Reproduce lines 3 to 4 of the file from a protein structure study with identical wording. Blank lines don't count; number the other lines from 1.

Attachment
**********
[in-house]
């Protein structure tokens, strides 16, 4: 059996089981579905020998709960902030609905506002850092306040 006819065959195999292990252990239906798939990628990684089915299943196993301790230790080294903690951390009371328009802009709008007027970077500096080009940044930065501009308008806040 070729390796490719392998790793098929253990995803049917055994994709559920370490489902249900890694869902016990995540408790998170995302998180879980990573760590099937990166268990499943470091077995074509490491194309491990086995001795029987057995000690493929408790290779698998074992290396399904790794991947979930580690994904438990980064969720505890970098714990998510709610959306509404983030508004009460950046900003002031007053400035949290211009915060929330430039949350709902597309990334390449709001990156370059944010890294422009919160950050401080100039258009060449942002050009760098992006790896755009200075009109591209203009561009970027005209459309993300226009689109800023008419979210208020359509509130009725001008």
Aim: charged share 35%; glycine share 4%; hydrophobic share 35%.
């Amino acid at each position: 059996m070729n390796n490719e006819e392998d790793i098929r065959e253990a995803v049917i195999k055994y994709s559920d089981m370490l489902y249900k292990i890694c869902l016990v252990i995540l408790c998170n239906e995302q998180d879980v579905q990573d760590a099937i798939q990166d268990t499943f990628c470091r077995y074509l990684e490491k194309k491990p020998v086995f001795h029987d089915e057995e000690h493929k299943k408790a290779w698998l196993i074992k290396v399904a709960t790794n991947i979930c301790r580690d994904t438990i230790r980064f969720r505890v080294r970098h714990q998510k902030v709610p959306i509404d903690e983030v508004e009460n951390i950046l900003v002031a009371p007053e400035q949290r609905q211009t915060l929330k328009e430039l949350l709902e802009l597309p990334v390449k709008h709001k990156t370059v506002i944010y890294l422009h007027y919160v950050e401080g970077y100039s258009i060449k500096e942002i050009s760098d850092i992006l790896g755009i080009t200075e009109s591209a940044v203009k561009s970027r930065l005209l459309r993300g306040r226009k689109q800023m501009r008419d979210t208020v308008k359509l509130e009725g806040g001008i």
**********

Aim: charged share 35%; glycine share 4%; hydrophobic share 35%.
């Amino acid at each position: 059996m070729n390796n490719e006819e392998d790793i098929r065959e253990a995803v049917i195999k055994y994709s559920d089981m370490l489902y249900k292990i890694c869902l016990v252990i995540l408790c998170n239906e995302q998180d879980v579905q990573d760590a099937i798939q990166d268990t499943f990628c470091r077995y074509l990684e490491k194309k491990p020998v086995f001795h029987d089915e057995e000690h493929k299943k408790a290779w698998l196993i074992k290396v399904a709960t790794n991947i979930c301790r580690d994904t438990i230790r980064f969720r505890v080294r970098h714990q998510k902030v709610p959306i509404d903690e983030v508004e009460n951390i950046l900003v002031a009371p007053e400035q949290r609905q211009t915060l929330k328009e430039l949350l709902e802009l597309p990334v390449k709008h709001k990156t370059v506002i944010y890294l422009h007027y919160v950050e401080g970077y100039s258009i060449k500096e942002i050009s760098d850092i992006l790896g755009i080009t200075e009109s591209a940044v203009k561009s970027r930065l005209l459309r993300g306040r226009k689109q800023m501009r008419d979210t208020v308008k359509l509130e009725g806040g001008i």